Are you your own client? This seemingly rhetorical question is straight to the point.
Photographers around the world struggle with pricing. The most common reason being a complete lack of confidence in their pricing, often quoting, “I would never pay that much.”
Well, if this sounds like you, then keep reading.
Here is my simple, to-the-point, advice for you. GET OUT OF YOUR OWN WAY! Yes, it’s that simple. Accept that this is only a mental block, nothing more. Just because you wouldn’t buy a Louis Vuitton or a Mercedes-Benz doesn’t mean there isn’t a world of people out there who are willing to spend money on luxury items. The reality is, if you ever want to be able to afford the finer things in life, then you had better get your pricing in order, which typically means raising your prices. If you are looking for an expensive hobby, well, congratulations, you have found it. At a minimum, you should be looking for ways to afford the gear you want, which, again, comes back to money.
You have to value your talent— you are an artist. Art is not a commodity product, although some out there would have you believe otherwise with shoot and burners charging $500 for a DVD of images. Trust me when I tell you there are clients out there, tens of thousands of them actually, who want more than just a DVD of images. They want a complete service that you aren’t able to afford to provide because you are not charging enough, because, again, you are not your own client. It’s a vicious circle.
So, how do you break out of this circle?
- Accept that it’s ok if you are not your own client. Do you think people who have their own private jets sell private jets to billionaires? Of course not. The very thought of that is ridiculous. So, too, is this notion. Accept that it’s ok and move on.
- Value your work and your talent. This is tied to confidence. If you don’t value your work, who will? Of course clients are not willing to pay for your services if you don’t believe in them. You are a limited resource— it’s that simple. What is the minimum amount of money you are willing to work for on any given day? $500? For me, I would rather have the day off. You might think that sounds elitist, but I assure you it’s not. It’s 100% based on experience. There is a cost to doing business— gear, marketing, advertising, time on the shoot, time to drive to the shoot, phone time with the client, insurance, post production, and the list goes on and on. I don’t want to work for $6 per hour. Nor should you.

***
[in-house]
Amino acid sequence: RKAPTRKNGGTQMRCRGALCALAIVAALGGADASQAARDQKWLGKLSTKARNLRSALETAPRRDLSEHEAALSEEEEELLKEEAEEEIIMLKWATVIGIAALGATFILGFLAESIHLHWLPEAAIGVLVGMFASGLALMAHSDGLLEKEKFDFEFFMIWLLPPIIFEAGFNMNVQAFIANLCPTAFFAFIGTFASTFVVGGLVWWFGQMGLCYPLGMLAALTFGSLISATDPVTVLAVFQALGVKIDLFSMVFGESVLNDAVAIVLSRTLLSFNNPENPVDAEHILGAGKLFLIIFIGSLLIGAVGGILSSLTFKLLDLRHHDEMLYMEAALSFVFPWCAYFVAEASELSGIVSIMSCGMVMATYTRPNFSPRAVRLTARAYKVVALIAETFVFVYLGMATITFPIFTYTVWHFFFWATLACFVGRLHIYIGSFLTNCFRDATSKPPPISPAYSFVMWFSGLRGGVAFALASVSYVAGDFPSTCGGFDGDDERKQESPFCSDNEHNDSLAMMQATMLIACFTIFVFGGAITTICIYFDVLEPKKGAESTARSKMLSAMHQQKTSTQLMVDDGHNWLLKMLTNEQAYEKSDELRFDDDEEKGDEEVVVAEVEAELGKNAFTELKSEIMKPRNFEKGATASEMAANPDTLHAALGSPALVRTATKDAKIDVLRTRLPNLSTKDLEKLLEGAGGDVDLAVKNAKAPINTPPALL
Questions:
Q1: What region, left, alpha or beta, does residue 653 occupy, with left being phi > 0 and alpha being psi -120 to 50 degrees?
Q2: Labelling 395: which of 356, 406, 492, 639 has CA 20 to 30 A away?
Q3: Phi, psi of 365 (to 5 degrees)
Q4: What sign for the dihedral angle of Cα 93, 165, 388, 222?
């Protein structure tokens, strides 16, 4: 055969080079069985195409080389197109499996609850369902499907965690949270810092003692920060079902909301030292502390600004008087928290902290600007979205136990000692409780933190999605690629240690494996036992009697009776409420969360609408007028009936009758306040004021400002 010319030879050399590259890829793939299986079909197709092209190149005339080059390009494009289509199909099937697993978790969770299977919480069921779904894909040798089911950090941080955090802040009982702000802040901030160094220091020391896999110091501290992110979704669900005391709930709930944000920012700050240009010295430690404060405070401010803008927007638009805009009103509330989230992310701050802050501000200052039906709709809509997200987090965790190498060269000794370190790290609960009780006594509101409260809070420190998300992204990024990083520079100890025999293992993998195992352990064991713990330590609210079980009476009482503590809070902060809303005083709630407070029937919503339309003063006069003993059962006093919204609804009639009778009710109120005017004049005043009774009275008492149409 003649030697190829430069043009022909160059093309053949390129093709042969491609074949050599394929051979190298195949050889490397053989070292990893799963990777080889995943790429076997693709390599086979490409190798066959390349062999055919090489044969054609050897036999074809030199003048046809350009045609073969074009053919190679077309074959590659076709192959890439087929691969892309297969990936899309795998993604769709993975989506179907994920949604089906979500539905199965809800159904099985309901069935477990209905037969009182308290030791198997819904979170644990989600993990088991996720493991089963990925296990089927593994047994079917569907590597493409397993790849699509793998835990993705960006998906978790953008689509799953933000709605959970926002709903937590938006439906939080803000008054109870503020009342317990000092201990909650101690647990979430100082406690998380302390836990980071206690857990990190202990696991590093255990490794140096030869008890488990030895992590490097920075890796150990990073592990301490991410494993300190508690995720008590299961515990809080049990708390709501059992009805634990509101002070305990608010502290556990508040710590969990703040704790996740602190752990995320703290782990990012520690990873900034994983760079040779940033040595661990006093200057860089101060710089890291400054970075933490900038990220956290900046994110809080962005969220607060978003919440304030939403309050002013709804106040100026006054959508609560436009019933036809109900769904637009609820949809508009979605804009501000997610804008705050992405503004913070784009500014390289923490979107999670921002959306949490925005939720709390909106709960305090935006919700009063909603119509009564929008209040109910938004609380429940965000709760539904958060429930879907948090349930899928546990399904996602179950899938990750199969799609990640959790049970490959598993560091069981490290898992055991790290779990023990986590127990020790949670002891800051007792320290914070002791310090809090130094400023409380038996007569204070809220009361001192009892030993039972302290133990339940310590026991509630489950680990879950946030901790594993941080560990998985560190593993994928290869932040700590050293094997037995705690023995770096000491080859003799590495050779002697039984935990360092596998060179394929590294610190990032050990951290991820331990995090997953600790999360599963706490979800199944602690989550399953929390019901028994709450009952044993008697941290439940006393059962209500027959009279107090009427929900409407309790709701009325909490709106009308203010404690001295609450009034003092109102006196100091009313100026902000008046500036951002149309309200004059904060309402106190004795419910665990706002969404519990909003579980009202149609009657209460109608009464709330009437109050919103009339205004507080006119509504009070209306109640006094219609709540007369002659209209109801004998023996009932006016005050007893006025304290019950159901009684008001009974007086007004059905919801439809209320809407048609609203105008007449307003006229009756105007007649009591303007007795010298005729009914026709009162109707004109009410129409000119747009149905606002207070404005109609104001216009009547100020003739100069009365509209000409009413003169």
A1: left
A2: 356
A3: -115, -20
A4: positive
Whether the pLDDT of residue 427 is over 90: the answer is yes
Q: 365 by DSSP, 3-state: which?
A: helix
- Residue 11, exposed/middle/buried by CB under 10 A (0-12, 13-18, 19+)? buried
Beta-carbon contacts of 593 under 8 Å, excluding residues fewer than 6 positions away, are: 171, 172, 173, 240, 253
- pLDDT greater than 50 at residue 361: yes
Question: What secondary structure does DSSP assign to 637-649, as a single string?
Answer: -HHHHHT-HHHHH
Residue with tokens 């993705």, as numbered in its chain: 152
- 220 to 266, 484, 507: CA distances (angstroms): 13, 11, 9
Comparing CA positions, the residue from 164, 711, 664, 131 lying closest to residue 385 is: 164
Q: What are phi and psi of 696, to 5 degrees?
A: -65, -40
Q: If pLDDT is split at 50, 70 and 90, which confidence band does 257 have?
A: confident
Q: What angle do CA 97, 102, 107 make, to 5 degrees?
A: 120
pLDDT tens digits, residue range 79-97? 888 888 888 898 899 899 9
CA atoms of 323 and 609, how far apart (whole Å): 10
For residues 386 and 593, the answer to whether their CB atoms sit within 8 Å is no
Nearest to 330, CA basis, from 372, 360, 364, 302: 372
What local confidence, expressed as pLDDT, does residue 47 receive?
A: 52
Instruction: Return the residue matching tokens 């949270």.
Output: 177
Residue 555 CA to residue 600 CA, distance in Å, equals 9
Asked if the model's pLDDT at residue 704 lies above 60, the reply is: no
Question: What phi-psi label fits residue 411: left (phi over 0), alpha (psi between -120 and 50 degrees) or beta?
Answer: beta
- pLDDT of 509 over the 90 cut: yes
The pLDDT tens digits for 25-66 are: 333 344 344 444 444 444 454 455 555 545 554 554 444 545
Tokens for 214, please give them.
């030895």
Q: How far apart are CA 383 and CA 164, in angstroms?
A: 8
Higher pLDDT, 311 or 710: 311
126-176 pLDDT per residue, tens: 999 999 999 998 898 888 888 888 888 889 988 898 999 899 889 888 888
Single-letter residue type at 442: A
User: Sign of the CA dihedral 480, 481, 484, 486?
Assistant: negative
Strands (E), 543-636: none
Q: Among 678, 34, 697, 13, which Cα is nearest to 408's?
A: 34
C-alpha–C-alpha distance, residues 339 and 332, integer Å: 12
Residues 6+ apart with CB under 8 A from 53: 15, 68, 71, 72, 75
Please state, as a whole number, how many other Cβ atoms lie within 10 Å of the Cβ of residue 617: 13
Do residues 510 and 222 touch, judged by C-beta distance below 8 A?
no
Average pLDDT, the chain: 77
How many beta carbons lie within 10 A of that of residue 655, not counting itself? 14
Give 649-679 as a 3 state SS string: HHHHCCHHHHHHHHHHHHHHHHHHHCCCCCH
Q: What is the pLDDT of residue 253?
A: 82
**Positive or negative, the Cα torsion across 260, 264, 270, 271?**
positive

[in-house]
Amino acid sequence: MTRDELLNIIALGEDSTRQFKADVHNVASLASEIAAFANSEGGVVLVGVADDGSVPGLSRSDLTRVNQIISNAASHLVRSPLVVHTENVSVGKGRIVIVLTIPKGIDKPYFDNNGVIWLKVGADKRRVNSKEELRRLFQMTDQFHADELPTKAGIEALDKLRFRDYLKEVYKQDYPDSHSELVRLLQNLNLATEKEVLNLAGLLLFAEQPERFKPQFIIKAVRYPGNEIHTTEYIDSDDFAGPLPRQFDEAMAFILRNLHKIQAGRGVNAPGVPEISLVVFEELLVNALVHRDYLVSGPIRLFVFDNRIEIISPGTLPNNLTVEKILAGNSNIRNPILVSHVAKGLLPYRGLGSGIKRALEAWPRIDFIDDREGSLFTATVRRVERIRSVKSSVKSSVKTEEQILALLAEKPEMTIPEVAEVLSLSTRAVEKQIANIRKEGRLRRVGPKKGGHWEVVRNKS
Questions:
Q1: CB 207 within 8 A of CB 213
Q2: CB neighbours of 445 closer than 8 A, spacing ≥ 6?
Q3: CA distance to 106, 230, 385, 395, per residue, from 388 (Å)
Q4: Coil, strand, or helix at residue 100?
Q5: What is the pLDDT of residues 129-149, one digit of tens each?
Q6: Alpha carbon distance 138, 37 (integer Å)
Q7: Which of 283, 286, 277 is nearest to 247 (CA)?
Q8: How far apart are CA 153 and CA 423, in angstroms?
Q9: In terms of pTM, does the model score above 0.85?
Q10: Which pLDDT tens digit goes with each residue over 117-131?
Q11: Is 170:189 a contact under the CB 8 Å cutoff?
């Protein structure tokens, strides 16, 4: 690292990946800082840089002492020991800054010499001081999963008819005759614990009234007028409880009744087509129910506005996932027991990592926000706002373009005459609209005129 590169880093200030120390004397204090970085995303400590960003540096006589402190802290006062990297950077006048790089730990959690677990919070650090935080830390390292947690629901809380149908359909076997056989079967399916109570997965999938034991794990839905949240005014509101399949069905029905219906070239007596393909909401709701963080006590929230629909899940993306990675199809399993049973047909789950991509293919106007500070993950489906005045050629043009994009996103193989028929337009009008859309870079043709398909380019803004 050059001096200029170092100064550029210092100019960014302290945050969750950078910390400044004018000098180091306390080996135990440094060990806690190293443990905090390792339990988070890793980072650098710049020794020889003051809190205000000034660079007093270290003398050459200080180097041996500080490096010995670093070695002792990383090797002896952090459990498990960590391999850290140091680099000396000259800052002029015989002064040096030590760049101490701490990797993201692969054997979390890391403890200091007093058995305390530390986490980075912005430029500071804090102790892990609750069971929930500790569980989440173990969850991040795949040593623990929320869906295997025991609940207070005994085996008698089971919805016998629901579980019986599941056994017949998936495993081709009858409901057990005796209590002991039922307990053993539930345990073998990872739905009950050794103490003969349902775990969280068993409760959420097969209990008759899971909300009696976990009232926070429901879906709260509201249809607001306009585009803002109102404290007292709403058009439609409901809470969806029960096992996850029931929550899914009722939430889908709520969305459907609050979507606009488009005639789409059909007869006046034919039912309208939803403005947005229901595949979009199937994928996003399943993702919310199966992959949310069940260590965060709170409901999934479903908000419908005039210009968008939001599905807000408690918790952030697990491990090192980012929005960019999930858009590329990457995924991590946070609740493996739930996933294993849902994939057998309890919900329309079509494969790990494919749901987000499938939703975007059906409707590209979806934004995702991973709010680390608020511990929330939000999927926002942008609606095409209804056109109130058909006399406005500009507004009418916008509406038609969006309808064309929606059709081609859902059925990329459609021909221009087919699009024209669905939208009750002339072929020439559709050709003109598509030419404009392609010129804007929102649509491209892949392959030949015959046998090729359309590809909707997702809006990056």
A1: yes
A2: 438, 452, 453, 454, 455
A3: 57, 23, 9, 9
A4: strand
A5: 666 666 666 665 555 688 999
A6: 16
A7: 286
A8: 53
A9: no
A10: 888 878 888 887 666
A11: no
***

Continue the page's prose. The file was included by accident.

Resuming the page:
- Do you ever want to be your own client? Think about it— what do you want out of life? Surely, there is something you want. Maybe you are not a materialistic person and there is no shame in that, but do you want to retire? Do you want to provide your kids with a good education, or finally take that family trip? Do you need new or better gear? Well, none of this is ever gong to happen without the money to pay for it.
- Position yourself and your business where you want to be 12 months from now. Stop convincing yourself you are not good enough. It’s a massive chicken-and-egg scenario. Sure, we all want to get better and yes, we all need to be committed to continuous improvement, but will you ever reach your final destination? No. As artists, we are all on a journey with no final destination.
- Think like your clients. Maybe you are not your own client, but surely you can figure out who they are and understand their spending patterns. Companies all over the world do this. You have to get in the mind of your client. This will help you at least understand who you are trying to attract to your business and give you some guidance. For example, clients buying a Louis Vuitton are not looking for a sale on Groupon. In fact, it’s the opposite. So stop doing things that are counter-intuitive to your own success.
I hope this has helped you think a little differently. Get out there and start thinking like the client you want to be some day and the client you hope to attract to your own business. Your outlook and projections should start looking up immediately.